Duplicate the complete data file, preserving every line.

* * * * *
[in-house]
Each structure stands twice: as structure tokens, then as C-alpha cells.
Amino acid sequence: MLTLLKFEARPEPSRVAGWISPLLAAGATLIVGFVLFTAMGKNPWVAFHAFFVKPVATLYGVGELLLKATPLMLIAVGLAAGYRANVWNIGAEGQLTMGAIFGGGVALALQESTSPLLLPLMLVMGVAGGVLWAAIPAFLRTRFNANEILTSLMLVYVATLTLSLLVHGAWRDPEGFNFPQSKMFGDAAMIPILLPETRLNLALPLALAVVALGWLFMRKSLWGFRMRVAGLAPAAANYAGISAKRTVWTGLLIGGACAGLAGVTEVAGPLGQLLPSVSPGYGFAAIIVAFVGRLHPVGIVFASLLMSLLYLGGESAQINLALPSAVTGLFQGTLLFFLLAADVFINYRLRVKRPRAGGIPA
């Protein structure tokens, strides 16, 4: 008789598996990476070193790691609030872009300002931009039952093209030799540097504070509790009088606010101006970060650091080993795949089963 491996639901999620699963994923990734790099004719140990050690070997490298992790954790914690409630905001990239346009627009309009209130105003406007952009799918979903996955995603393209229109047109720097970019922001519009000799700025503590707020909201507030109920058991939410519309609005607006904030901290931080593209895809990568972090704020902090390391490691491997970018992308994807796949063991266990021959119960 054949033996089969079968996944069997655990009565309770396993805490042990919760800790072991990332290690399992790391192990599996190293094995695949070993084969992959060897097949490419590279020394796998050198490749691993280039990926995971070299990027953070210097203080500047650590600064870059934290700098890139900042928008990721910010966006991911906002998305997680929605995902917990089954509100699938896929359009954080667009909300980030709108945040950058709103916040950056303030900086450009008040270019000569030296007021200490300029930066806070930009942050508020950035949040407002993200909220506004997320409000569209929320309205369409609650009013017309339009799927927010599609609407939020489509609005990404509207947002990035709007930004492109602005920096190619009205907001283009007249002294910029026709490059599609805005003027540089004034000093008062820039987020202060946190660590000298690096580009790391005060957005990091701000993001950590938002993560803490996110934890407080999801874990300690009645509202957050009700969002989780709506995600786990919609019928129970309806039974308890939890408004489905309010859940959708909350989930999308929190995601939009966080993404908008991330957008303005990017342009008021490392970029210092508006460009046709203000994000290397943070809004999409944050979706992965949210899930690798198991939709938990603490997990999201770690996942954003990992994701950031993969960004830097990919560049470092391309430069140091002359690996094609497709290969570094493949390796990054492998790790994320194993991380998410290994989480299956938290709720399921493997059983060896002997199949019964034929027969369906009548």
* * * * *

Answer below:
[in-house]
Each structure stands twice: as structure tokens, then as C-alpha cells.
Amino acid sequence: MLTLLKFEARPEPSRVAGWISPLLAAGATLIVGFVLFTAMGKNPWVAFHAFFVKPVATLYGVGELLLKATPLMLIAVGLAAGYRANVWNIGAEGQLTMGAIFGGGVALALQESTSPLLLPLMLVMGVAGGVLWAAIPAFLRTRFNANEILTSLMLVYVATLTLSLLVHGAWRDPEGFNFPQSKMFGDAAMIPILLPETRLNLALPLALAVVALGWLFMRKSLWGFRMRVAGLAPAAANYAGISAKRTVWTGLLIGGACAGLAGVTEVAGPLGQLLPSVSPGYGFAAIIVAFVGRLHPVGIVFASLLMSLLYLGGESAQINLALPSAVTGLFQGTLLFFLLAADVFINYRLRVKRPRAGGIPA
């Protein structure tokens, strides 16, 4: 008789598996990476070193790691609030872009300002931009039952093209030799540097504070509790009088606010101006970060650091080993795949089963 491996639901999620699963994923990734790099004719140990050690070997490298992790954790914690409630905001990239346009627009309009209130105003406007952009799918979903996955995603393209229109047109720097970019922001519009000799700025503590707020909201507030109920058991939410519309609005607006904030901290931080593209895809990568972090704020902090390391490691491997970018992308994807796949063991266990021959119960 054949033996089969079968996944069997655990009565309770396993805490042990919760800790072991990332290690399992790391192990599996190293094995695949070993084969992959060897097949490419590279020394796998050198490749691993280039990926995971070299990027953070210097203080500047650590600064870059934290700098890139900042928008990721910010966006991911906002998305997680929605995902917990089954509100699938896929359009954080667009909300980030709108945040950058709103916040950056303030900086450009008040270019000569030296007021200490300029930066806070930009942050508020950035949040407002993200909220506004997320409000569209929320309205369409609650009013017309339009799927927010599609609407939020489509609005990404509207947002990035709007930004492109602005920096190619009205907001283009007249002294910029026709490059599609805005003027540089004034000093008062820039987020202060946190660590000298690096580009790391005060957005990091701000993001950590938002993560803490996110934890407080999801874990300690009645509202957050009700969002989780709506995600786990919609019928129970309806039974308890939890408004489905309010859940959708909350989930999308929190995601939009966080993404908008991330957008303005990017342009008021490392970029210092508006460009046709203000994000290397943070809004999409944050979706992965949210899930690798198991939709938990603490997990999201770690996942954003990992994701950031993969960004830097990919560049470092391309430069140091002359690996094609497709290969570094493949390796990054492998790790994320194993991380998410290994989480299956938290709720399921493997059983060896002997199949019964034929027969369906009548």